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By Clem Sunter.
I’ve only just realised what a genius John Maynard Keynes really was. I was watching an interview of Alan Greenspan, ex-chairman of the US Federal Reserve Bank, on Bloomberg. He was asked what his forecast for the US economy over the next six months might be. He replied that he was beginning to believe Keynes’ words on animal spirits and that you had to use behavioural science to say anything about the US economy.
So I looked up the words of Keynes on the internet as he is considered the greatest British economist of the last century. This is what he said in The General Theory of Employment, Interest and Money, generally regarded as his masterpiece and published in 1936.
“Most, probably, of our decisions to do something positive, the full consequences of which will be drawn out over many days to come, can only be taken as a result of animal spirits – of a spontaneous urge to action rather than inaction and not as the outcome of a weighted average of quantitative benefits multiplied by quantitative probabilities.
Thus if the animal spirits are dimmed and the spontaneous optimism falters, leaving us to depend on nothing but a mathematical expectation, enterprise will fade and die.”
Elsewhere he said: “Individual initiative will only be adequate when reasonable calculation is supplemented and supported by animal spirits, so that the thought of ultimate loss which often overtakes pioneers, as experience undoubtedly tells us and them, is put aside as a healthy man puts aside the expectation of death.”
There are two very different groups to whom I would like to read out these quotes. The first is the government here and, in particular, our President as well as the two Ministers most closely associated with the development of our economy – Trevor Manuel and Ebrahim Patel. My questions to them would be: “Are you taking the advice of Keynes and doing everything to kindle the animal spirits of our present and future entrepreneurs? Is the raising of the next generation of South African industrialists foremost in your mind? What are you doing to create an environment in which these animal spirits are not dimmed by regulation but are allowed to roam free?”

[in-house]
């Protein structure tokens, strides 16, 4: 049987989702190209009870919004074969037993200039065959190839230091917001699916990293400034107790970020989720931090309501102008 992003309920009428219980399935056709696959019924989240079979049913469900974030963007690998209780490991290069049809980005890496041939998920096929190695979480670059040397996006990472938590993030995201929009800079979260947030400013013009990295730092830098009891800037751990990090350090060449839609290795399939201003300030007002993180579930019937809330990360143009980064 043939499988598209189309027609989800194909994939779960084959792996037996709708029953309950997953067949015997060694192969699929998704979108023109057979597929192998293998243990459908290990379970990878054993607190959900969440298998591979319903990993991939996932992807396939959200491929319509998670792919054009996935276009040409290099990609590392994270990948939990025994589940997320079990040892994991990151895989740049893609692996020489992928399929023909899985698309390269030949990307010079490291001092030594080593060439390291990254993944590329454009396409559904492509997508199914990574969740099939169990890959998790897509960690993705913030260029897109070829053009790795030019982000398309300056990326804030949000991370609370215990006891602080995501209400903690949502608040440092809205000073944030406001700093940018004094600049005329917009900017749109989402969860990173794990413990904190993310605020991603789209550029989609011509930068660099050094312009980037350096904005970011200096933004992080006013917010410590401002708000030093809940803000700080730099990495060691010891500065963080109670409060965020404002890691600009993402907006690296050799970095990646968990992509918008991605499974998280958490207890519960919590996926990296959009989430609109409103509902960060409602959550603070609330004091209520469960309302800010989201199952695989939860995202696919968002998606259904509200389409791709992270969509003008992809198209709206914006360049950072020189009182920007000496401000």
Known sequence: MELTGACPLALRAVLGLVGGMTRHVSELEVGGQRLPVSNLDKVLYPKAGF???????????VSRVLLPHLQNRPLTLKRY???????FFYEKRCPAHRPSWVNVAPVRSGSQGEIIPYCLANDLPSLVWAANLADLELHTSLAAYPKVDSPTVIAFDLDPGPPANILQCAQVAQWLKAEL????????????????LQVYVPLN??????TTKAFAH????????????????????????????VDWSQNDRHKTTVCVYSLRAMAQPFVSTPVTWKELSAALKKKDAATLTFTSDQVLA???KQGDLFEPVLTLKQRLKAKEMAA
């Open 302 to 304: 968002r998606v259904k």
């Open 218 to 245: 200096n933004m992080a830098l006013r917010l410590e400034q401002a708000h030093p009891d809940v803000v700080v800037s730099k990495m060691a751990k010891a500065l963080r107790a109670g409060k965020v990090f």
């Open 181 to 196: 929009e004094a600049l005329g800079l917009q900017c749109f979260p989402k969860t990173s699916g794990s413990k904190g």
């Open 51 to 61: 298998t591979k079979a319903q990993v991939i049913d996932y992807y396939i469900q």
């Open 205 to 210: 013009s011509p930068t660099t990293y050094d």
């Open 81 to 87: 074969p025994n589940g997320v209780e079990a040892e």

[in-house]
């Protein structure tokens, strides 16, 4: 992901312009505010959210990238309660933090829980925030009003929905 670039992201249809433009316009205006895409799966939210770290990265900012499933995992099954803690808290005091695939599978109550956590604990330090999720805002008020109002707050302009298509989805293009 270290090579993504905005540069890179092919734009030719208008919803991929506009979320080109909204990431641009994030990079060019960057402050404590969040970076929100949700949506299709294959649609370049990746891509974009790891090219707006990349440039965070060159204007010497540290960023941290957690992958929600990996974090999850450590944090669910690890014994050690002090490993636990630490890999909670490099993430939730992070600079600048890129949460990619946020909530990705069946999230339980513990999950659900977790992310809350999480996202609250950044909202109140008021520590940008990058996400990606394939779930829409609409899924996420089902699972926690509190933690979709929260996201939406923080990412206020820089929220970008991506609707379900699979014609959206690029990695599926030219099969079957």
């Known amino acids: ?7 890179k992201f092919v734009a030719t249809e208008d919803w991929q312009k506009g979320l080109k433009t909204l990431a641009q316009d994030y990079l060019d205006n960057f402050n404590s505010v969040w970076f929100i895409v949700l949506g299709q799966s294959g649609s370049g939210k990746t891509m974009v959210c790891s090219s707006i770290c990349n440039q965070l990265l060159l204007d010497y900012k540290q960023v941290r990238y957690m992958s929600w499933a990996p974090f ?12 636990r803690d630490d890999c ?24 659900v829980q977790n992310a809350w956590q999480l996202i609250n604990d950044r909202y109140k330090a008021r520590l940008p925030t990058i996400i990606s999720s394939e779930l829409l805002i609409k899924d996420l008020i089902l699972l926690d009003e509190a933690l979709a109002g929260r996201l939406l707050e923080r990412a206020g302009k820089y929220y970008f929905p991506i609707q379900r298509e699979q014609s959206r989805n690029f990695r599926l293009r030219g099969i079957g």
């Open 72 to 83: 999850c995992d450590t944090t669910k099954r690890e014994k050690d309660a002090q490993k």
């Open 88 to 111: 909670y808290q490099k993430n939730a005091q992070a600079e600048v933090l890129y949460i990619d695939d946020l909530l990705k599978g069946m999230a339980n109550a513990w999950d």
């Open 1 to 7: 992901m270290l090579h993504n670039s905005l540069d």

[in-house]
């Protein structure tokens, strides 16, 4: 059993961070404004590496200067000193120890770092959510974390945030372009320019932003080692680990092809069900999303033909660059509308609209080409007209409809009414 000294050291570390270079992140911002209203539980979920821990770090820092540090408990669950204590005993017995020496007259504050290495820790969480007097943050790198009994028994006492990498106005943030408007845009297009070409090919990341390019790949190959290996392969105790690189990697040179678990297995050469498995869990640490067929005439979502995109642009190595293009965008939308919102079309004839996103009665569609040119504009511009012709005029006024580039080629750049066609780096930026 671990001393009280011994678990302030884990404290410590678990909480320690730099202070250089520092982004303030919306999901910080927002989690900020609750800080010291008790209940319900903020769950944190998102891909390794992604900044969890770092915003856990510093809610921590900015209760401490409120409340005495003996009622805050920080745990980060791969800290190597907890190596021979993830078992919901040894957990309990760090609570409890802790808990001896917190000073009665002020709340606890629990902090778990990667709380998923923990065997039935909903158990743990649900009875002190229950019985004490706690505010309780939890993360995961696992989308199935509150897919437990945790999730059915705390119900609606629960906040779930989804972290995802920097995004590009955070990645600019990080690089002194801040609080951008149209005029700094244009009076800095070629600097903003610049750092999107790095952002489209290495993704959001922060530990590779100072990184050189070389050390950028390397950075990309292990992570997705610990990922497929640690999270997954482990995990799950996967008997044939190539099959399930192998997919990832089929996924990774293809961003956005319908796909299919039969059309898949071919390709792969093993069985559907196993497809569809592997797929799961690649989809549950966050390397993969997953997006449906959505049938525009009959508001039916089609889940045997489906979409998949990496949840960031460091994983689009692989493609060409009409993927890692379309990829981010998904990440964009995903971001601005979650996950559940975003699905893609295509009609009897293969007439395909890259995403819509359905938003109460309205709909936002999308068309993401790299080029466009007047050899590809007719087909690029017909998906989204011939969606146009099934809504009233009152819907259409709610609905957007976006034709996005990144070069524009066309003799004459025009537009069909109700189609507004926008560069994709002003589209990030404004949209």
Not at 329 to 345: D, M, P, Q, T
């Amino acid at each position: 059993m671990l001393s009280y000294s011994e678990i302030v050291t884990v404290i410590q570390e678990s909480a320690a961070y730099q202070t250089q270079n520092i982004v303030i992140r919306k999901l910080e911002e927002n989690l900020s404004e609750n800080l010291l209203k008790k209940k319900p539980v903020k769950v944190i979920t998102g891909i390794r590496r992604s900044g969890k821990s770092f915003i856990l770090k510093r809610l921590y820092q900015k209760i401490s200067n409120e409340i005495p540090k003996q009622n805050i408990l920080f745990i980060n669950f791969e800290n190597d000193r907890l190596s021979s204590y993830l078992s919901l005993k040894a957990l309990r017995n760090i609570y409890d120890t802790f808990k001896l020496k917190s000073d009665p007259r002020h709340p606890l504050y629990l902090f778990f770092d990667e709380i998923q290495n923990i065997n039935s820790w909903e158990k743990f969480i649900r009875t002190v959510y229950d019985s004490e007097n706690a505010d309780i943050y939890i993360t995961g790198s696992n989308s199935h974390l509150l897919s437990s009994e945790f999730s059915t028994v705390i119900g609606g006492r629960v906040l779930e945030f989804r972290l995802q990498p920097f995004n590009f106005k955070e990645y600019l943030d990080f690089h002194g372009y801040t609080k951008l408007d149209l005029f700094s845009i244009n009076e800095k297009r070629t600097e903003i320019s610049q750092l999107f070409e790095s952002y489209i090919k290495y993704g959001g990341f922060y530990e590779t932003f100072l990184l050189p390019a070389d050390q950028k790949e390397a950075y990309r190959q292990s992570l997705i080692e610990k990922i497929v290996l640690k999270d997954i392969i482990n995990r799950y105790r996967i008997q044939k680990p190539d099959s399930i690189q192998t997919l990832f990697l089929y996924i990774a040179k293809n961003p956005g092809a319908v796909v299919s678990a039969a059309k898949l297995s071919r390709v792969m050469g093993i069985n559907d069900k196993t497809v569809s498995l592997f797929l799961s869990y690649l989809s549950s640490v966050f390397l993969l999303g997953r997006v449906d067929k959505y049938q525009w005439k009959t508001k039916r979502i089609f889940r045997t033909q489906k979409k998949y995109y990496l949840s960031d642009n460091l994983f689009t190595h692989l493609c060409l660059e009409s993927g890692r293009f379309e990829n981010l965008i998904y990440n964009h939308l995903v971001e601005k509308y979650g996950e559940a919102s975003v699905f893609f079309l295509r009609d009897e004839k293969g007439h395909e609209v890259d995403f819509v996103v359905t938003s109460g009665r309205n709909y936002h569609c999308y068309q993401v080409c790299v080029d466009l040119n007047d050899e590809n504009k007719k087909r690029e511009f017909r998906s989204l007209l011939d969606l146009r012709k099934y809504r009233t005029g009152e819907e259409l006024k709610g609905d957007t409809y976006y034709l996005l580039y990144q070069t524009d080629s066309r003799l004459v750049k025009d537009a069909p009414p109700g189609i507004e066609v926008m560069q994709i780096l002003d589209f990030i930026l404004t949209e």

The second group is across the ocean in America. The foxy methodology is increasingly being used by organisations there wishing to have an intense conversation about adapting their strategy to the extraordinary times we live in. One of the questions I am asked over and over again by institutions like MIT is what kind of mathematical model underpins the way we link the flags to the scenarios so that one can assign accurate probabilities to them. The answer is that we have none and prefer to use instinct and feel. Our probabilities are subjective and therefore open to debate.
I can now buttress our side of the argument by mentioning not only that the future only happens once which makes it impossible to quantify the odds precisely on a particular scenario. I can now, in addition, invoke Keynes and his point that most innovative action derives from animal spirits and spontaneous urges rather than rational analysis.
I can end my address to both groups with the quip that foxes are animals with huge spirits. The best way to handle the future is to behave like one!